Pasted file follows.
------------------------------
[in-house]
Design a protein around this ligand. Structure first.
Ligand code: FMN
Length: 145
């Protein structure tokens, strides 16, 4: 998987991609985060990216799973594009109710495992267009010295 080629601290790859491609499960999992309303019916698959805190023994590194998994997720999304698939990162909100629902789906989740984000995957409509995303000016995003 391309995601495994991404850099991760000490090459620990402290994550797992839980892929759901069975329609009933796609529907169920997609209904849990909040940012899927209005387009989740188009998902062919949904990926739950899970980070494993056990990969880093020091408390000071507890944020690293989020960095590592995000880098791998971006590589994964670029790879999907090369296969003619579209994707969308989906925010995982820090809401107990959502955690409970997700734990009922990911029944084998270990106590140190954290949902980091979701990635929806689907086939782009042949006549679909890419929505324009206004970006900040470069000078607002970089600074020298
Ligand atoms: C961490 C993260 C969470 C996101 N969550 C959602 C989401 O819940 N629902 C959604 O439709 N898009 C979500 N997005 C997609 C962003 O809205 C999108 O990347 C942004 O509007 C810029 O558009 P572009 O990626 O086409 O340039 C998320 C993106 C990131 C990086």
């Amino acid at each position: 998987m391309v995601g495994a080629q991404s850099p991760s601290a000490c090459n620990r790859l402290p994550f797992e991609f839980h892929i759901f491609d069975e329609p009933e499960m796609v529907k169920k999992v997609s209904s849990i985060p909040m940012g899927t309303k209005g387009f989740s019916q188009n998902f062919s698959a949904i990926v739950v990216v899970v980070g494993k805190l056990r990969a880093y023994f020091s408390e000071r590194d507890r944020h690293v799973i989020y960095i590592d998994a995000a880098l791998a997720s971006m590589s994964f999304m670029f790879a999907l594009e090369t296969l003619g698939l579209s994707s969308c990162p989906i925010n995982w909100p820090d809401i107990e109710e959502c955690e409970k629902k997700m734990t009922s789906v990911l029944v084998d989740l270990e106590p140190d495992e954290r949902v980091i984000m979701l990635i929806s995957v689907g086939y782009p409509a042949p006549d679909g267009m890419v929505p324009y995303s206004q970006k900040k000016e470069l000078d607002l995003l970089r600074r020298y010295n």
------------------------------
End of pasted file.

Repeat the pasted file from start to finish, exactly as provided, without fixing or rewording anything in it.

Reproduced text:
[in-house]
Design a protein around this ligand. Structure first.
Ligand code: FMN
Length: 145
């Protein structure tokens, strides 16, 4: 998987991609985060990216799973594009109710495992267009010295 080629601290790859491609499960999992309303019916698959805190023994590194998994997720999304698939990162909100629902789906989740984000995957409509995303000016995003 391309995601495994991404850099991760000490090459620990402290994550797992839980892929759901069975329609009933796609529907169920997609209904849990909040940012899927209005387009989740188009998902062919949904990926739950899970980070494993056990990969880093020091408390000071507890944020690293989020960095590592995000880098791998971006590589994964670029790879999907090369296969003619579209994707969308989906925010995982820090809401107990959502955690409970997700734990009922990911029944084998270990106590140190954290949902980091979701990635929806689907086939782009042949006549679909890419929505324009206004970006900040470069000078607002970089600074020298
Ligand atoms: C961490 C993260 C969470 C996101 N969550 C959602 C989401 O819940 N629902 C959604 O439709 N898009 C979500 N997005 C997609 C962003 O809205 C999108 O990347 C942004 O509007 C810029 O558009 P572009 O990626 O086409 O340039 C998320 C993106 C990131 C990086």
């Amino acid at each position: 998987m391309v995601g495994a080629q991404s850099p991760s601290a000490c090459n620990r790859l402290p994550f797992e991609f839980h892929i759901f491609d069975e329609p009933e499960m796609v529907k169920k999992v997609s209904s849990i985060p909040m940012g899927t309303k209005g387009f989740s019916q188009n998902f062919s698959a949904i990926v739950v990216v899970v980070g494993k805190l056990r990969a880093y023994f020091s408390e000071r590194d507890r944020h690293v799973i989020y960095i590592d998994a995000a880098l791998a997720s971006m590589s994964f999304m670029f790879a999907l594009e090369t296969l003619g698939l579209s994707s969308c990162p989906i925010n995982w909100p820090d809401i107990e109710e959502c955690e409970k629902k997700m734990t009922s789906v990911l029944v084998d989740l270990e106590p140190d495992e954290r949902v980091i984000m979701l990635i929806s995957v689907g086939y782009p409509a042949p006549d679909g267009m890419v929505p324009y995303s206004q970006k900040k000016e470069l000078d607002l995003l970089r600074r020298y010295n």